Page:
Hardin jail backers meet with governor’s staff

By Matt Gouras
Helena, Montana (AP) 3-08

Backers of an empty, $27 million jail in Hardin rallied and asked Gov. Brian Schweitzer’s staff for help in finding inmates for the project.

Administration officials reiterated that there are no inmates to send to the jail, which was built without a contract for state prisoners.

The group said they need the governor’s help because Attorney General Mike McGrath has said state law bans such jails from signing contracts for out-of-state prisoners. The group is suing, hoping to reverse that decision.

The group said they can’t get federal prisoners under McGrath’s opinion, and they have been unable to get local county inmates for the Two Rivers Detention Center. At the same time, the state has been working to reduce its prison population and has no plans to offer contracts for more prison beds.

Two bus loads of Hardin-area residents traveled to the Capitol to plead with the governor. They held signs such as “Governor, hear our prayers.”

Crow Agency resident David A. Miller said he believes Schweitzer is avoiding them. He told Hal Harper, Schweitzer’s policy adviser, they want the governor to look at the jail.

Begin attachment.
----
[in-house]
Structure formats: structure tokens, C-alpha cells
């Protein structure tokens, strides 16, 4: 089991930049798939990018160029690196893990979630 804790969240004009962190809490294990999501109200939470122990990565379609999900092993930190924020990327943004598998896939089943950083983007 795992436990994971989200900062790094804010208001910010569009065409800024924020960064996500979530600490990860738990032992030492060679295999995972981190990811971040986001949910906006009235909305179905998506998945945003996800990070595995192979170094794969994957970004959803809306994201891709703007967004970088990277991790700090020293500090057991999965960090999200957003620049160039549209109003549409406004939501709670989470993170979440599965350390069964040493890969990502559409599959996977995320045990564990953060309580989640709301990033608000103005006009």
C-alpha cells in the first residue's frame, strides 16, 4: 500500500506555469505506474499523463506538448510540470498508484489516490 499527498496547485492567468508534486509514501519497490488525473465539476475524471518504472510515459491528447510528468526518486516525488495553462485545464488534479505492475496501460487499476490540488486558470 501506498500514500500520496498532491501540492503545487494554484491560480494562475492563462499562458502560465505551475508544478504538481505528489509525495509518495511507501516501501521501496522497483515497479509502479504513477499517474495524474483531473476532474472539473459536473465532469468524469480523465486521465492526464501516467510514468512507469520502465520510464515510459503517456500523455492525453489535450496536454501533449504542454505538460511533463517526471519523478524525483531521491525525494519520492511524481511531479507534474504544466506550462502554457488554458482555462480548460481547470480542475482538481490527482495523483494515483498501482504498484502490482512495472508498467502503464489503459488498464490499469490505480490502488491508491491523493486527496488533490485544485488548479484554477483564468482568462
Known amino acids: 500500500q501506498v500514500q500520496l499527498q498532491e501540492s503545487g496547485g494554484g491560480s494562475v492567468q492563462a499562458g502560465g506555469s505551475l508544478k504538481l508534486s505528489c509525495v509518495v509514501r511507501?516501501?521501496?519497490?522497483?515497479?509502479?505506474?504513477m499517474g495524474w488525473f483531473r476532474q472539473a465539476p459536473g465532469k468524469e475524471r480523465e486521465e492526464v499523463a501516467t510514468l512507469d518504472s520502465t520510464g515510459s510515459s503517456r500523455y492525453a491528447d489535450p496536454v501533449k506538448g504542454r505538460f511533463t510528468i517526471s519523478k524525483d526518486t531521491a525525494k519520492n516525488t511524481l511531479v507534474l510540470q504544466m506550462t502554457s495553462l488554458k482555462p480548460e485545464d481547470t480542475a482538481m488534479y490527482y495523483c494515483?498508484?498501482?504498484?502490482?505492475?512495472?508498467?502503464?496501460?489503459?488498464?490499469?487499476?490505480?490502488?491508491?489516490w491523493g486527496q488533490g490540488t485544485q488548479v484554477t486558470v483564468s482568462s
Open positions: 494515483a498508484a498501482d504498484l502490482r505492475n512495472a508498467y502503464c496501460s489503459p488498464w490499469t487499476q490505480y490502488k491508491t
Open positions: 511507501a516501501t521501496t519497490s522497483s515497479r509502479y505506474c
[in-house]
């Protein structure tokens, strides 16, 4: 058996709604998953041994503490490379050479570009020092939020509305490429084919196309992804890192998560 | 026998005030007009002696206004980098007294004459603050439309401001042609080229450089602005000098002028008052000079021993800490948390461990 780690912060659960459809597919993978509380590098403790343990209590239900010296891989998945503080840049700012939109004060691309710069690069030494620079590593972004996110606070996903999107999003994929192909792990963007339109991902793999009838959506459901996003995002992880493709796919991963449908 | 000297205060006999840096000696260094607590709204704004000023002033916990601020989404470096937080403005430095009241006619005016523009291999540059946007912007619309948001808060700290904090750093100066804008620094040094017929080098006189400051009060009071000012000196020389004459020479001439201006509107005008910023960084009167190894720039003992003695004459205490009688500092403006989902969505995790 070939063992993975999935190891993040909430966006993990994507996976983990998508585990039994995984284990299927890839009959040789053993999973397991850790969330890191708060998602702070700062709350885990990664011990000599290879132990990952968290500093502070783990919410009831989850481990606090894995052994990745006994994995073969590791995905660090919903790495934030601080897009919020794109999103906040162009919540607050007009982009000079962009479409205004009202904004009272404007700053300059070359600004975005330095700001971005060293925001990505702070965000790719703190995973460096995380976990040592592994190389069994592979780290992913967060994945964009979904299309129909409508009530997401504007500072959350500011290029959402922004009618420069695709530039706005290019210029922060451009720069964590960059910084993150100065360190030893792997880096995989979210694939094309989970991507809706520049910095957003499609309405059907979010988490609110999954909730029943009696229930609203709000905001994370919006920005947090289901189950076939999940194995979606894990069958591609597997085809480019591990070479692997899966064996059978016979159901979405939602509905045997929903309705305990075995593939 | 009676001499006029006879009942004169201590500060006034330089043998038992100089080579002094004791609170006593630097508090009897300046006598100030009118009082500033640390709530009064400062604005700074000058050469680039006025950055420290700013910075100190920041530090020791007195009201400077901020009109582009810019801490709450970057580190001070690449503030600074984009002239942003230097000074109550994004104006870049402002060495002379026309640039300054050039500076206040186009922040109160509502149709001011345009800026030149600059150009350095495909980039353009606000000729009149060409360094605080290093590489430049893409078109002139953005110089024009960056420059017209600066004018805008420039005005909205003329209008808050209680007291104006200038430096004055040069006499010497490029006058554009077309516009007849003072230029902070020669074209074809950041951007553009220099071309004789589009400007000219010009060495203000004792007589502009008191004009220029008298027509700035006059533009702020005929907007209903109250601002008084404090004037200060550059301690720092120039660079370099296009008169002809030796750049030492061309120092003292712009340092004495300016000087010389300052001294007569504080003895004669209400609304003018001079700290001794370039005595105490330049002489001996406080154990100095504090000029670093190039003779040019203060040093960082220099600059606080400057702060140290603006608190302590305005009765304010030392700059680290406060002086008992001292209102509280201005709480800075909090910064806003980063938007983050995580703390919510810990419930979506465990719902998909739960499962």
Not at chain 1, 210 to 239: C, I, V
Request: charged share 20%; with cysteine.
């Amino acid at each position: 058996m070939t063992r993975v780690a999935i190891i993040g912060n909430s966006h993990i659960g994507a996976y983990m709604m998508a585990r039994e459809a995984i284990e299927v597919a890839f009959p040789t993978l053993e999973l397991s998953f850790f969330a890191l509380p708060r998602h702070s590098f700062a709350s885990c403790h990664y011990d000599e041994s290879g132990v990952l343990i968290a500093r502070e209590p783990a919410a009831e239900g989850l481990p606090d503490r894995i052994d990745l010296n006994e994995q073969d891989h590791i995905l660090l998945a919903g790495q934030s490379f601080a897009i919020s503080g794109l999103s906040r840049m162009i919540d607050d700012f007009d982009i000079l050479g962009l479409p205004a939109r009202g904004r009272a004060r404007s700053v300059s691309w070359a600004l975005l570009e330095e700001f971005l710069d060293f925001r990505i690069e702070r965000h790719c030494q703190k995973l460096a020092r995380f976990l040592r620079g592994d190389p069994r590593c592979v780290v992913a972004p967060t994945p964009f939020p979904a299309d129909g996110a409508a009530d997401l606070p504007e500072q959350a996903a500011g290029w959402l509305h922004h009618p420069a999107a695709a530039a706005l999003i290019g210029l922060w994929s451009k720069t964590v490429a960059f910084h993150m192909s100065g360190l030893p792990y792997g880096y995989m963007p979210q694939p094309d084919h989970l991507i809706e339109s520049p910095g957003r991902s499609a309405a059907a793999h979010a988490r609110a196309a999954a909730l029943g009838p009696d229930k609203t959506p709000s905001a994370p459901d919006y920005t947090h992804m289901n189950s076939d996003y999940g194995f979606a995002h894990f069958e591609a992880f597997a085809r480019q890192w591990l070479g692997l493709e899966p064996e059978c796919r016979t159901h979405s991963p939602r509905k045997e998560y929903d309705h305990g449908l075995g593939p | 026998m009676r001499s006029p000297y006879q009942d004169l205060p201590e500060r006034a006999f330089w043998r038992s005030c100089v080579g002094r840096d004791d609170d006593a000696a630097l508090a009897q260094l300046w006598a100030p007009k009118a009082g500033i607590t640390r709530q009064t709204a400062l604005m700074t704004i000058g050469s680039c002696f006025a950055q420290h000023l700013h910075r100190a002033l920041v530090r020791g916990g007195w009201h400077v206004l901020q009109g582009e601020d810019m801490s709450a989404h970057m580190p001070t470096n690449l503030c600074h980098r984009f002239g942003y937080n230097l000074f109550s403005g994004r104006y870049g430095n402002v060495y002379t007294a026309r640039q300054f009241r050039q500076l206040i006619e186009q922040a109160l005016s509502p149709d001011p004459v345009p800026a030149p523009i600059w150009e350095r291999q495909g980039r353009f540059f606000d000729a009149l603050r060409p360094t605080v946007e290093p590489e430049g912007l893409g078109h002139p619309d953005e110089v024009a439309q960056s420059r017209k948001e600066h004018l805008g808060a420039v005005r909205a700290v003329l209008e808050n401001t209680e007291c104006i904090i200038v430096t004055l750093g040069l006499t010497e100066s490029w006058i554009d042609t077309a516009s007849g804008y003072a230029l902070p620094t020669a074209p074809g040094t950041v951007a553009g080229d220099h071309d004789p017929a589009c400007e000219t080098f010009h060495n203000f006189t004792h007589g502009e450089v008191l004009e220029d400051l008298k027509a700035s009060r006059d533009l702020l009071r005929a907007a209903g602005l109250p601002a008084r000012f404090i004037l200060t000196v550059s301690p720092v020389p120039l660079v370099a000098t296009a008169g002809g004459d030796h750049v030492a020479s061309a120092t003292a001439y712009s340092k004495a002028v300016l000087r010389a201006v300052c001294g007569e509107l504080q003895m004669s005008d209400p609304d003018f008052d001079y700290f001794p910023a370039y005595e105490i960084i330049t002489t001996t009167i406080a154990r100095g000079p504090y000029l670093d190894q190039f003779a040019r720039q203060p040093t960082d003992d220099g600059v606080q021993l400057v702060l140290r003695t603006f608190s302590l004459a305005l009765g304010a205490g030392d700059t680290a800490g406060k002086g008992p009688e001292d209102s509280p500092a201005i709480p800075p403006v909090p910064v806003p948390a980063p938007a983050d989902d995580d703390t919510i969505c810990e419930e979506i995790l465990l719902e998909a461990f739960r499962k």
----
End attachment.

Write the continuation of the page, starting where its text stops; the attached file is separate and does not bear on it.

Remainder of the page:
“That would go a long way for us,” he said.

Harper said the governor would look at the jail.

The Schweitzer administration has focused on building treatment facilities and increasing probation and parole enforcement as a way of decreasing the prison population and saving money.

A failure to bring in revenues from the 464-bed jail could leave private investors on the hook for the project if the bonds used to build it can’t be paid off.

The jail needs at least 250 inmates to make its opening economically feasible.

Greg Smith, executive director of the Two Rivers Authority, said the group followed what it believed to be the procedures in place and at least wants Schweitzer’s help in securing deals with neighboring counties.

He said jail backers also dispute new Department of Corrections estimates that it won’t need more prison space. Smith said projections from just two years ago used by jail backers showed the prison population would expand.

When it was proposed, the jail was touted as Hardin’s largest economic development project since a sugar factory was built there in the 1930s. The city of 3,500 sits on the edge of the Crow reservation in Big Horn County, a community where nearly one-in-three people live in poverty.

Smith said the Hardin jail may bid for a sex-offender treatment facility the Department of Corrections is expected to issue a contract for.